Instead of heaving a sigh of relief, some Vizagites displayed a macabre sense of disappointment. Some others thought that Phailin had entertainment value and rushed to the beach, armed with cameras to capture the grand spectacle. The police had a tough time controlling the crowds.
The international scientific communityt was widely off the mark. Both London-based Tropical Storm and the US Navy's Joint Typhoon Warning Centre forecast winds reaching 315 km per hour on landfall, classifying Phailin as the most powerful. A scientist of the Global Disaster Alert and Coordination System run by the United Nations and the European Commission said, "Everything I know as a meteorologist tells me this is the equivalent of a Category-5 hurricane -- among the strongest on earth in 2013. That would mean Phailin could be the strongest cyclone ever measured in the Indian Ocean."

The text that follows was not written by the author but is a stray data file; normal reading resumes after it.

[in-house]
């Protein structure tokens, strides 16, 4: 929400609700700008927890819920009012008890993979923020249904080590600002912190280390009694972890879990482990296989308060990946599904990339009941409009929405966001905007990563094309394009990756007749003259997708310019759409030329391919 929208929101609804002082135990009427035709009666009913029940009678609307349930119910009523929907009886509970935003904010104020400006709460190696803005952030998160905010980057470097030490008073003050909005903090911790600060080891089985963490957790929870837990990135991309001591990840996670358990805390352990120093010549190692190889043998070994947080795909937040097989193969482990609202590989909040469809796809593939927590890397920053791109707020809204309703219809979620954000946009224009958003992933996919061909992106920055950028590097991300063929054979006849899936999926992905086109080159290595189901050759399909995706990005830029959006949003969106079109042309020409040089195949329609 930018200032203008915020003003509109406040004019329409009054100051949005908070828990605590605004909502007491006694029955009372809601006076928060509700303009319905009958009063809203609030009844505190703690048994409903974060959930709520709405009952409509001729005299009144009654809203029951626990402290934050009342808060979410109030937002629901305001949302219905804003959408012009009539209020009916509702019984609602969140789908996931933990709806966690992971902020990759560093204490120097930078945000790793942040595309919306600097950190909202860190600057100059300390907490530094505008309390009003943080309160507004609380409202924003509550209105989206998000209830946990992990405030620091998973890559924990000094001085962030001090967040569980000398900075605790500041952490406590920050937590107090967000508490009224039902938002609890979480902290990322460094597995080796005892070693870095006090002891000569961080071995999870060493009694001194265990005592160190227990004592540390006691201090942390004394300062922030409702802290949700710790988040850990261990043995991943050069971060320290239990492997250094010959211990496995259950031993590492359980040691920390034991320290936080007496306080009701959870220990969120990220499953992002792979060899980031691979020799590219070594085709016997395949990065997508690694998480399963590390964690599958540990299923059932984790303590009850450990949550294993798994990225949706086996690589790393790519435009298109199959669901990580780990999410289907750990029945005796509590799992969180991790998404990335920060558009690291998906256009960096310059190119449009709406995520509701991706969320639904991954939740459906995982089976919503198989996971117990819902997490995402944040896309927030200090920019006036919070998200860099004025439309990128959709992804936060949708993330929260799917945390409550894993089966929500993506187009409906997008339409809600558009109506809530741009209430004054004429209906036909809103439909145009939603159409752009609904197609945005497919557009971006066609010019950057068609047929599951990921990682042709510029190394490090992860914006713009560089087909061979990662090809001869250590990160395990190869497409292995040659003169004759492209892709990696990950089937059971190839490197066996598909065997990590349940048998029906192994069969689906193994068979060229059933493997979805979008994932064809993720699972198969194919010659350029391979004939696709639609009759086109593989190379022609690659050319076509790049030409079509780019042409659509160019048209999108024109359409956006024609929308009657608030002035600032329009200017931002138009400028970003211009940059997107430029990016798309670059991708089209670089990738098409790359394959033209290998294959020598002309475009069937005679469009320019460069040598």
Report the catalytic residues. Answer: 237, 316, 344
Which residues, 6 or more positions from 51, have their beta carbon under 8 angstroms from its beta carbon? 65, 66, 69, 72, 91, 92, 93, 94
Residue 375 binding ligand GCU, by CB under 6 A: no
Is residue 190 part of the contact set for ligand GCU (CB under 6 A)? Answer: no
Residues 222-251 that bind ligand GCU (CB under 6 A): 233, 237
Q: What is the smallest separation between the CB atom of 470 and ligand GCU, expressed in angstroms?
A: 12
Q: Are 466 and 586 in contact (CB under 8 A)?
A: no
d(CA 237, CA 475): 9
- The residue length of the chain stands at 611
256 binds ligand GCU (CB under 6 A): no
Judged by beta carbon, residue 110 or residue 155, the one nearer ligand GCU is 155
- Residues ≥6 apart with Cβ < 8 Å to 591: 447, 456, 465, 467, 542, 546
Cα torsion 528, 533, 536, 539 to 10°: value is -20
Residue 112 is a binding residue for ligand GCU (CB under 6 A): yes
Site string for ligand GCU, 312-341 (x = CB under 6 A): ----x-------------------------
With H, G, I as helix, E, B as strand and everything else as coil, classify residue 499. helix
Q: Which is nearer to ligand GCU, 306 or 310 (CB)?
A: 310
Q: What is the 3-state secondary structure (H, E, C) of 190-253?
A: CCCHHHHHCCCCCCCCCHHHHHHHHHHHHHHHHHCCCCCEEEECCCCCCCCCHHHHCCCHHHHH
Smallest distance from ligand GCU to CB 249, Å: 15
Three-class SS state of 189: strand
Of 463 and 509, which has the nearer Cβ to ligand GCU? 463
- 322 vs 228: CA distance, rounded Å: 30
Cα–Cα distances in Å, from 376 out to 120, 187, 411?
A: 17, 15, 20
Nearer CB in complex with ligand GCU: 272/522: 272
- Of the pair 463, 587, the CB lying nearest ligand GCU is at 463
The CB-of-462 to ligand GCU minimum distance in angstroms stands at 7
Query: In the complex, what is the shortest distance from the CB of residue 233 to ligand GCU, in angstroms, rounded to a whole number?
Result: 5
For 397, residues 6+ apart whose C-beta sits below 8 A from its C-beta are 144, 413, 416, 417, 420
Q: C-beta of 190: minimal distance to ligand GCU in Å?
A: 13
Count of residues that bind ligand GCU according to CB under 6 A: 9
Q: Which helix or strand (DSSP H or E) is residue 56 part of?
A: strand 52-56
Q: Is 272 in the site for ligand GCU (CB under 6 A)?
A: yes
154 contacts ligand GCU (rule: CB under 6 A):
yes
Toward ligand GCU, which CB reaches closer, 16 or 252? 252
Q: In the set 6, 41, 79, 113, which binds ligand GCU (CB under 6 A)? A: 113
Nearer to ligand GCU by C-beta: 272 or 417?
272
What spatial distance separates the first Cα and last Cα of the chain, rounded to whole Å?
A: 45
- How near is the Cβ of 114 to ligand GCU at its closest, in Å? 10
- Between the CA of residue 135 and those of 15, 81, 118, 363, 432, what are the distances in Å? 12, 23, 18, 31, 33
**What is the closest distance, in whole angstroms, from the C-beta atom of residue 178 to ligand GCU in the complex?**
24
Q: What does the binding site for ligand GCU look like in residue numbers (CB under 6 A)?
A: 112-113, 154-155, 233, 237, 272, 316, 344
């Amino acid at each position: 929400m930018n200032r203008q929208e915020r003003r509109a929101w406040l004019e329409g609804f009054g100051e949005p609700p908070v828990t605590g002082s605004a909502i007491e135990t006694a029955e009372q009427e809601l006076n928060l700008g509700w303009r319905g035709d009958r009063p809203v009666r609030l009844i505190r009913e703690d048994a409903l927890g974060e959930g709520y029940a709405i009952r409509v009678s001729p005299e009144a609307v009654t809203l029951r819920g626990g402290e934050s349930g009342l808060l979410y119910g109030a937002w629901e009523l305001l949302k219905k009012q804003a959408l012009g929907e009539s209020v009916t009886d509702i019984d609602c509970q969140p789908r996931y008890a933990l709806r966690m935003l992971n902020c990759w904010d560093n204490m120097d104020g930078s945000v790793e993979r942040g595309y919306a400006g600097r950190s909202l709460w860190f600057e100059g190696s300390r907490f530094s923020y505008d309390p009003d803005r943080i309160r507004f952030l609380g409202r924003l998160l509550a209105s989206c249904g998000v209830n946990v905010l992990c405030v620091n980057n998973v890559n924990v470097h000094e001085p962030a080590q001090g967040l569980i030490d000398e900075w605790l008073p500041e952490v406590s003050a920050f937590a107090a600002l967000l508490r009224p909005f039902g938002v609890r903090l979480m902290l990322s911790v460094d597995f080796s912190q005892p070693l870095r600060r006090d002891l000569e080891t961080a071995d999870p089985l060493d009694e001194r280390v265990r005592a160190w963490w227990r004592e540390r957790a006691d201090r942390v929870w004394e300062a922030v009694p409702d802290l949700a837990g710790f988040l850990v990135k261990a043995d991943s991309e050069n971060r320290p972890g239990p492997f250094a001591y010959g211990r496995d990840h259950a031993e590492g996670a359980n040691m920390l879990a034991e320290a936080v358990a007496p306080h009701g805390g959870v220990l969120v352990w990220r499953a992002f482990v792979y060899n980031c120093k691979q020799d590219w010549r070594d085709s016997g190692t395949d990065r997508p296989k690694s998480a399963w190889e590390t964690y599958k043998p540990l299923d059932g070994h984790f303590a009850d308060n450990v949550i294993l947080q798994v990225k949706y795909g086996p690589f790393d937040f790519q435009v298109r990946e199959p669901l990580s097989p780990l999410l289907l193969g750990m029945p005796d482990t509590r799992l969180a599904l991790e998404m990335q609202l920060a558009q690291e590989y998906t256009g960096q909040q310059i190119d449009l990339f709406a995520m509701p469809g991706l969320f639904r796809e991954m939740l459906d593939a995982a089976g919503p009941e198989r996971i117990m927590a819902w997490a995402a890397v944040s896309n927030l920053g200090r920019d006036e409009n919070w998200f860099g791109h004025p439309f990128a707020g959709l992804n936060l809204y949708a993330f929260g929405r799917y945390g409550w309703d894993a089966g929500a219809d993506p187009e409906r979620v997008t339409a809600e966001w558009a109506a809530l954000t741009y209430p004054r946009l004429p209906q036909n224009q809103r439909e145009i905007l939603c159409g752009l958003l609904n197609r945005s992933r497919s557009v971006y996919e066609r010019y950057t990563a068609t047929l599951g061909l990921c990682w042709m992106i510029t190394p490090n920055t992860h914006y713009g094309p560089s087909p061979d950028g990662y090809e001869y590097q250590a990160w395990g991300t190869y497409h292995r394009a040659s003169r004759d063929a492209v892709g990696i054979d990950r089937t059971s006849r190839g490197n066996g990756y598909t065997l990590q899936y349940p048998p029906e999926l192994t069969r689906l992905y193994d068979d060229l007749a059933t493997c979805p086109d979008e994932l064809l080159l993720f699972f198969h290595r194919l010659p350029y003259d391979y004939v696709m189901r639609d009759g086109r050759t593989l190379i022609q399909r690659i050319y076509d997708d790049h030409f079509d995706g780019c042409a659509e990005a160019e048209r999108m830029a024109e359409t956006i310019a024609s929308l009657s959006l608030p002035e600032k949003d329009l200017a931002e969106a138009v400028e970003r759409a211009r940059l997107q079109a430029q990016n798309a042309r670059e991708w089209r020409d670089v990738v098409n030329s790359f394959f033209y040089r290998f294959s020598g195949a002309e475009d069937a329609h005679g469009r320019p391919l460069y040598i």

In the face of such international pressure, India's scientists stayed firm. They did not get swayed into upgrading the cyclonic wind speed to anything more than 220 kmph. They were proved right. They were also spot on in their predictions of the cyclonic path, location and the time of landfall.
India: Cyclone Phailin plundered fruit bowl - The mighty peripheral current of cyclone Phailin, which tore through the state of Odisha on October 12-13, has taken a heavy toll on mango, litchi and guava orchards. The total loss to fisheries and shrimp sectors during the recent cyclone and torrential rain in the state would be around Rs 364 crore. Phailin is estimated to have destroyed around 26 lakh trees in the state.


+ Wales is bracing itself for a WEEK of torrential rain after an "APOCALYPTIC" STORM left parts of the capital city under several inches of water over the weekend. Police in Cardiff were forced to close roads on Saturday afternoon while shops were forced shut by unexpected flash-floods. Pentrebane, Llandaff, Roath and Cathays were hit by the heavy rainfall while witnesses described how Whitchurch village was "turned into a well" in just half an hour.
A priest-in-charge of the Church of the Resurrection in Ely described the rain as "apocalyptic" and said many roads in the local area were closed because of flooding. "The weather was so horrendous and flooding all over the place in west Cardiff and police closed lots of the roads in Ely. It’s about the worst rain I have ever seen. It was horrendous."